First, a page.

Kevin Carey, policy director at Education Sector, a DC think tank, has a commentary in this week's Chronicle of Higher Education that signals the kind of rhetoric we may expect from proponents of affirmative action as the Fisher case heads to the Supreme Court. It is a mixture of high-mindedness for one side and denunciation of the other.
Here is how it begins:
"The activist judges of the United States Supreme Court, by choosing last month to take up Fisher v. University of Texas at Austin, have decided to put affirmative action back on the national agenda. The fragile five-vote coalition that upheld race-based admissions policies at the University of Michigan less than a decade ago has been dispersed by retirement. Now the court's conservative majority seems poised--stare decisis be damned--to upend decades of established law and prohibit colleges from creating classes as they see fit."
The moral set-up is clear. While affirmative action amounts merely to colleges "creating classes as they see fit," anti-affirmative action amounts to "activist" judging, high-handed legal machinations ("be damned"), and disrespect of tradition.
The caricature proceeds from there. Carey mentions Chief Justice Roberts and claims "This is a man who . . . failed to see any distinction between the vicious state-sponsored racism outlawed by Brown v. Board of Education and present day policies designed to give minority children a better education." Think for a moment about that characterization. Once again, one side is all benign (all they want to do is better educate minority kids), the other all sinister. Does Carey really think that Roberts sees no distinction between Jim Crow and current practices? The paragraph ends, "Perhaps somewhere in the court's vast law library there is a dictionary explaining that the word 'discriminate' has two definitions, only one of which is malign." This is sarcasm posing as critique.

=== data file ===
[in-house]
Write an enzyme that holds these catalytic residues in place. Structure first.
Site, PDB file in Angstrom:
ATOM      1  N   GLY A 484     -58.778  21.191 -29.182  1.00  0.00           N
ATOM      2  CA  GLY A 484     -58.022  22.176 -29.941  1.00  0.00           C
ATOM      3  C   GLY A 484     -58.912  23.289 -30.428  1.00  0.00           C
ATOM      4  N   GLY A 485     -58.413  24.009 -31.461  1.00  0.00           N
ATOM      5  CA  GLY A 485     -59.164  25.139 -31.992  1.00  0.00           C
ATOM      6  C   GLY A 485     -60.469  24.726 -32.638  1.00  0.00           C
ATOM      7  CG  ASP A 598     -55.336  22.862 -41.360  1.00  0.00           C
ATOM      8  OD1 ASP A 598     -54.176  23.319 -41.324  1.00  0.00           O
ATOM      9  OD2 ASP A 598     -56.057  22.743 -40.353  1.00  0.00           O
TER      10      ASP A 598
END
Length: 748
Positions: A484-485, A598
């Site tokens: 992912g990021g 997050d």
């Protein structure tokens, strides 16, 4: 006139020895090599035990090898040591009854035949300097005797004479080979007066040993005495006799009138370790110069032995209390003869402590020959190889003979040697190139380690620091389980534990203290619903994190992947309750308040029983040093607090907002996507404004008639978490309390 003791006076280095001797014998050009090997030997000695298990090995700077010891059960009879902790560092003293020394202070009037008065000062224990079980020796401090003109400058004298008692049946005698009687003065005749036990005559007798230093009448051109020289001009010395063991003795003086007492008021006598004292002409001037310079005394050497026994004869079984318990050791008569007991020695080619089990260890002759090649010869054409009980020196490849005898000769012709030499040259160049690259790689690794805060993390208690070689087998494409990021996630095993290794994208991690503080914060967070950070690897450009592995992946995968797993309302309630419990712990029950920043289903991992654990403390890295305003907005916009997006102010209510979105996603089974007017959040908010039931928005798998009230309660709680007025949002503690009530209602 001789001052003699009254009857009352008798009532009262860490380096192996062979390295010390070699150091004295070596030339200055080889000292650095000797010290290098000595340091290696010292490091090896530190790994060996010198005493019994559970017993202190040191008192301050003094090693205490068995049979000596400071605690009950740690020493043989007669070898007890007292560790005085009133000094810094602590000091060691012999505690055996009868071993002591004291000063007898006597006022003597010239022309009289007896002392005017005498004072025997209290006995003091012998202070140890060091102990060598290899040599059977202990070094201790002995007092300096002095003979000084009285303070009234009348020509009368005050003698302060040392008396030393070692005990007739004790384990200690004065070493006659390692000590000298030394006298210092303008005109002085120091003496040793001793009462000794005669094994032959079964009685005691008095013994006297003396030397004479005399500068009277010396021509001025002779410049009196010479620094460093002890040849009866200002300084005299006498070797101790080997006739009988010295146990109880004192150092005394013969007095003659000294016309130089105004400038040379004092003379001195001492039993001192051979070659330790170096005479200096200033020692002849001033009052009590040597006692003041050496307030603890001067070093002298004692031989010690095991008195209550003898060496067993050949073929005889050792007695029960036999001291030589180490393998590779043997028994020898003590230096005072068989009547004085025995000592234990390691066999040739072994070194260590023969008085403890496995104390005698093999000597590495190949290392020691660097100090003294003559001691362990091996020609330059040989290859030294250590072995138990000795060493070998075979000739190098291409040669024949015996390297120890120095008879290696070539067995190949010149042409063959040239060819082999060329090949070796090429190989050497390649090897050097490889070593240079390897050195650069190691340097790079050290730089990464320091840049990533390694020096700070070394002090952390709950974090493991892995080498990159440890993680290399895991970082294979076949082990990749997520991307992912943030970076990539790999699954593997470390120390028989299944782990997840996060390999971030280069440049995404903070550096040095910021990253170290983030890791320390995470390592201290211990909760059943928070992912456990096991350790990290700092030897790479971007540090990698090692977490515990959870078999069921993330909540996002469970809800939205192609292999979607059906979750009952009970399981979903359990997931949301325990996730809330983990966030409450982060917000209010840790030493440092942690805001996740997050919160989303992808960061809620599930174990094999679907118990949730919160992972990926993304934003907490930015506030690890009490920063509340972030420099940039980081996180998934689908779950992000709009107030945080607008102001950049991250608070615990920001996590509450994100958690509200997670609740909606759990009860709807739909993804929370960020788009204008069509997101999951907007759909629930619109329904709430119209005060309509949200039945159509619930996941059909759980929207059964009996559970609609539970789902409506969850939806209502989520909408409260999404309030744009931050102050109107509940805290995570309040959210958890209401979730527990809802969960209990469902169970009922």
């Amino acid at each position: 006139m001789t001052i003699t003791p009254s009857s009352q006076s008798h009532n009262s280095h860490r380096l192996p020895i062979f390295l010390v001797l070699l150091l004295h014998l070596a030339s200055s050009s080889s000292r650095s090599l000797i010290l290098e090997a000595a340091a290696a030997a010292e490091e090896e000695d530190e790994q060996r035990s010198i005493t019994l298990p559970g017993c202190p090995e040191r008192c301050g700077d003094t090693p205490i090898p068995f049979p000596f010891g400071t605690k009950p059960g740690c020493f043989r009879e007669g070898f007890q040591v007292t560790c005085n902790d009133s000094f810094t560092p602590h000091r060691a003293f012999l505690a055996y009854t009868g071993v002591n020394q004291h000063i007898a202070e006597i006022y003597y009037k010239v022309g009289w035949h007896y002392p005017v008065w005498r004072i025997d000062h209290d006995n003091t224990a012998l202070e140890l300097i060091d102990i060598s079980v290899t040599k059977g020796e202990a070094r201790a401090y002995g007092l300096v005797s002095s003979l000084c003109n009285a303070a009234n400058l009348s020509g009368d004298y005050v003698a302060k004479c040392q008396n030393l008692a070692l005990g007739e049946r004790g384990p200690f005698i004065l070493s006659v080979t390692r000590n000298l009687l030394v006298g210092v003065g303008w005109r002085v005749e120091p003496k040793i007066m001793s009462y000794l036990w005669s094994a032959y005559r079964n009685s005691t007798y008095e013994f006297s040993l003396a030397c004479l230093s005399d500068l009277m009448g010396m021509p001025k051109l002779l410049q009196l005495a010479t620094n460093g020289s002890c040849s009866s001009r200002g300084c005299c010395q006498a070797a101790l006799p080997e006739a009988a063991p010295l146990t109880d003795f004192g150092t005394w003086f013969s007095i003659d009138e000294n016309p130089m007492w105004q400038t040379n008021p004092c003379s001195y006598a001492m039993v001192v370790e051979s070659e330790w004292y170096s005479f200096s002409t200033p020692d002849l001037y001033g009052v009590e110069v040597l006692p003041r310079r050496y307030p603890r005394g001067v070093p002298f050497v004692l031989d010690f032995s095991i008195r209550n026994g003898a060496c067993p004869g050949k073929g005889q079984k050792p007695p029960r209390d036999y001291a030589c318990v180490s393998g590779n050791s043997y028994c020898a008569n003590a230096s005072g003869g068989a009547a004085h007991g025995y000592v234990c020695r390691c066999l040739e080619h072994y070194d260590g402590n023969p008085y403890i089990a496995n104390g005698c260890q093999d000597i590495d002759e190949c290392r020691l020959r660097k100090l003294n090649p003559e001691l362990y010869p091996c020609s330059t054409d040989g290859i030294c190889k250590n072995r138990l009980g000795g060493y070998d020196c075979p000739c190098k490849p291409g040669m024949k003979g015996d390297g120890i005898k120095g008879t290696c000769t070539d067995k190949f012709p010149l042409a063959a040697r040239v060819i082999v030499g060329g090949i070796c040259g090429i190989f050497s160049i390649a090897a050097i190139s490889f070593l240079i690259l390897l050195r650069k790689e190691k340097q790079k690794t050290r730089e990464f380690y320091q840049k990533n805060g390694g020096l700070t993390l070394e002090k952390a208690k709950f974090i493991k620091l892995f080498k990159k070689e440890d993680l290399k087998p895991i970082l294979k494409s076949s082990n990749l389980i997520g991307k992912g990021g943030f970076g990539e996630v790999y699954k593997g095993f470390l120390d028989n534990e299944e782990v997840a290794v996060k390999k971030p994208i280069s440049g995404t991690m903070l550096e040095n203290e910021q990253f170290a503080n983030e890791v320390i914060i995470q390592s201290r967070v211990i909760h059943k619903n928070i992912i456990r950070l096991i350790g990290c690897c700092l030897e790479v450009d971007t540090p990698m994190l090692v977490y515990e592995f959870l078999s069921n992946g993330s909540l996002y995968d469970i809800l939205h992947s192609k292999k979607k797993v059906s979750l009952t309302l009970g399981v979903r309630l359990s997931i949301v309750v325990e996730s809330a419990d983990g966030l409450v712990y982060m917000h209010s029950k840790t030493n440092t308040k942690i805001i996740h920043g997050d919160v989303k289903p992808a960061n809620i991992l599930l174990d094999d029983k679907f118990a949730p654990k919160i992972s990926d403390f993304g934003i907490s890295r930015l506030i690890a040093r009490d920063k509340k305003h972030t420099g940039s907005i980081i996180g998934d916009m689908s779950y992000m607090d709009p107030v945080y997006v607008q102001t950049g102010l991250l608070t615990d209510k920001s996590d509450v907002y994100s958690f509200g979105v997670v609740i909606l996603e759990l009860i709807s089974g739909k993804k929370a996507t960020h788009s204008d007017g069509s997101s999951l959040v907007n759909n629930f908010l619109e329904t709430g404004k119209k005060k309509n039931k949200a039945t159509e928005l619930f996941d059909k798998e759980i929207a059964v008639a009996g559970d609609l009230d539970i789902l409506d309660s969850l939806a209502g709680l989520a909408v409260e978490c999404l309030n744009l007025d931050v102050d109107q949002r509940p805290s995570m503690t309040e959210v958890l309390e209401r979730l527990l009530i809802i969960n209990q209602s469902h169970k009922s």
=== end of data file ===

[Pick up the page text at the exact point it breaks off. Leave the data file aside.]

Carey goes on to note the endurance of legacy-based affirmative action, concluding that "In other words, affirmative action for rich white people will be legal, while affirmative action for low-income minority students will not. This is justice?"
The rest of the piece maintains the condescension and tendentiousness. Carey is so energized about the issue, and so firmly convinced of one side's right and the other side's wrong, that he cannot grant opponents of affirmative action a whisper of credibility. It runs with indignation, and it views the entire issue as a contest of justice and injustice.
It is hard to figure how opponents of affirmative action best respond to such charges. If you enter a debate with your adversaries offering as their first premise your iniquity, if they frame your evidence and arguments as expressions of evil intent, you can't win. This is how political correctness operates.